Fidelity Charitable recorded record incoming contributions and outgoing grants to nonprofits during the first nine months of 2013, the national donor-advised fund sponsor reported.
Fidelity Charitable took in nearly $1.3 billion in contributions, a 5% increase from the same period in 2012.
It also made some 308,000 grants to charities through September, totaling nearly $1.3 billion, a 20% increase in grant volume and a 33% increase in grant dollars over the same period last year.
“Last year, amid the uncertainty surrounding tax laws for 2013, we saw many donors increase their giving and adopt a donor-advised fund for the first time,” Fidelity Charitable’s president, Sarah Libbey, said in a statement.
“It’s gratifying that our new donors have jumped right into the grantmaking process and, like our established donors, are actively using their charitable account to support the causes that are important to them.”
Other potential drivers include greater advisor involvement in charity planning and the improved stock market, Fidelity says.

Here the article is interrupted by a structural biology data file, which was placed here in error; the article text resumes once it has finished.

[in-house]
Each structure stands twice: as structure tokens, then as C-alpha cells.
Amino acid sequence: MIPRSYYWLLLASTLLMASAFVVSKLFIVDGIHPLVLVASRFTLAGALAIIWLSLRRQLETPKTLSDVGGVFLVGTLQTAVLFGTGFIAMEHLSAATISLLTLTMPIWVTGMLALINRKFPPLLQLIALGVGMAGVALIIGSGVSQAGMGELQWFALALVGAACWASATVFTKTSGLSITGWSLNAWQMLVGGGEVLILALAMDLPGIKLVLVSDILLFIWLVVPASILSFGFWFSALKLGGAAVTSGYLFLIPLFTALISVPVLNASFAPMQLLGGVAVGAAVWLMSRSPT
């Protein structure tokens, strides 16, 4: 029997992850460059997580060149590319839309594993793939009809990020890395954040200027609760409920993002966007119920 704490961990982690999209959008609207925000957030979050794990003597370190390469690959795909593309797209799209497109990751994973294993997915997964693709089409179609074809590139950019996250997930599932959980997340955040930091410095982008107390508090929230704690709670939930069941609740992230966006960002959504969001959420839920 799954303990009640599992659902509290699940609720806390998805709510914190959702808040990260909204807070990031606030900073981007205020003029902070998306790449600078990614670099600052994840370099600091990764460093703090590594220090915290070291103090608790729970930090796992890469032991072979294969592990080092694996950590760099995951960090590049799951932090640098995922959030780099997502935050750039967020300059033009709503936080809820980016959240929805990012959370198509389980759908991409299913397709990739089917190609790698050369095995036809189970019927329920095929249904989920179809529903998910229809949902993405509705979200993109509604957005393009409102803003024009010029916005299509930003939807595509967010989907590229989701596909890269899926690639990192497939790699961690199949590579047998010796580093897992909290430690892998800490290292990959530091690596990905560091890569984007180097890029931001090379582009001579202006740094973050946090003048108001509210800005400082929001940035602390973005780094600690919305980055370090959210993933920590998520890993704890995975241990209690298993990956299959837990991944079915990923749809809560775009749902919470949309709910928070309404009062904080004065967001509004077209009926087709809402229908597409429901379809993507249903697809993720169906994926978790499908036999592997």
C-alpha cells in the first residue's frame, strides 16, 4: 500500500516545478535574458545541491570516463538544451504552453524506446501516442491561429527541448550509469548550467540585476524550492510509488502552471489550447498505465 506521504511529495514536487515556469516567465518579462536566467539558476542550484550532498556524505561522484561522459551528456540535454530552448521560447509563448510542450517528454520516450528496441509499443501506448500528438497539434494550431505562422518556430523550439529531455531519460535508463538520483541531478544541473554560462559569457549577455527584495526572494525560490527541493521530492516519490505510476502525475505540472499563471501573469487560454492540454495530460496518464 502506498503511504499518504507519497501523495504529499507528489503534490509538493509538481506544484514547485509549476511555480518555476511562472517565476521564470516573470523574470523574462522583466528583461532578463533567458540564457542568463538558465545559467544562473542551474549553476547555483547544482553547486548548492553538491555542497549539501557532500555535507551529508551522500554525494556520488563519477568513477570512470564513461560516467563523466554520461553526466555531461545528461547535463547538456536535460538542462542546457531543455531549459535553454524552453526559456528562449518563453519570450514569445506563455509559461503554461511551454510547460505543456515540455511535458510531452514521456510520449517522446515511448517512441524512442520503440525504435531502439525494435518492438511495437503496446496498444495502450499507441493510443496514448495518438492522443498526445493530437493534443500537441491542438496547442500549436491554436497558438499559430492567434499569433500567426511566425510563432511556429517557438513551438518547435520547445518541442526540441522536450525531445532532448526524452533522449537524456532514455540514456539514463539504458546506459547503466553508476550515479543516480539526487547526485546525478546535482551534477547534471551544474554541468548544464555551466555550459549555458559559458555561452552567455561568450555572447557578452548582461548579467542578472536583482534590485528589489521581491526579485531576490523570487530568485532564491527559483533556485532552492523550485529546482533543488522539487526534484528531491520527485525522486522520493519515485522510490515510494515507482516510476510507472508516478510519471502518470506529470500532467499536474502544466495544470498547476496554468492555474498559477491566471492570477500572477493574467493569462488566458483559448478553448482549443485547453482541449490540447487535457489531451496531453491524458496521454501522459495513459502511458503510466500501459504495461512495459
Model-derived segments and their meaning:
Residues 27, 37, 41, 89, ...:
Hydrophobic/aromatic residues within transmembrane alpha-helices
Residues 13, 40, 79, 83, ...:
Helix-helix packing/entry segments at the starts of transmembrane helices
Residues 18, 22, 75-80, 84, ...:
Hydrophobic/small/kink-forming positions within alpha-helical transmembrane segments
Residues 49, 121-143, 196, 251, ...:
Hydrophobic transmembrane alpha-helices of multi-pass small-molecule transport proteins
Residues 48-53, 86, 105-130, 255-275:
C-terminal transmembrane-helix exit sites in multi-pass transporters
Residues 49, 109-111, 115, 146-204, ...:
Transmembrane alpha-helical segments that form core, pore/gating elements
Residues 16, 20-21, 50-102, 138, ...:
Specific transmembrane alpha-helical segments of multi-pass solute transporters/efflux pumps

This donor activity was in line with a trend Fidelity identified in a survey last year.
Fidelity said that through the first three quarters of this year, 23% of outgoing grant dollars were part of a grant of $1 million or larger, compared with 15% in the same period in 2012.
“As more donors complement their private foundations with a [Fidelity] Giving Account or establish a Giving Account instead of a private foundation, the number of large accounts has grown,” Libbey said. “So we’re now seeing a corresponding uptick in large grants.”
Donors continued to regularly leverage appreciated assets to fund their Giving Accounts, with 48% of contributions coming in the form of publicly and non-publicly traded assets, the report said.
Advisors also continued to introduce donors to DAFs in supporting their clients’ charitable planning. More than 60% of new accounts and upward of 70% of contributions could be attributed to an advisor referral, Fidelity said.
Check out Have a Strange Gift for a DAF? Fidelity’s Interested on ThinkAdvisor.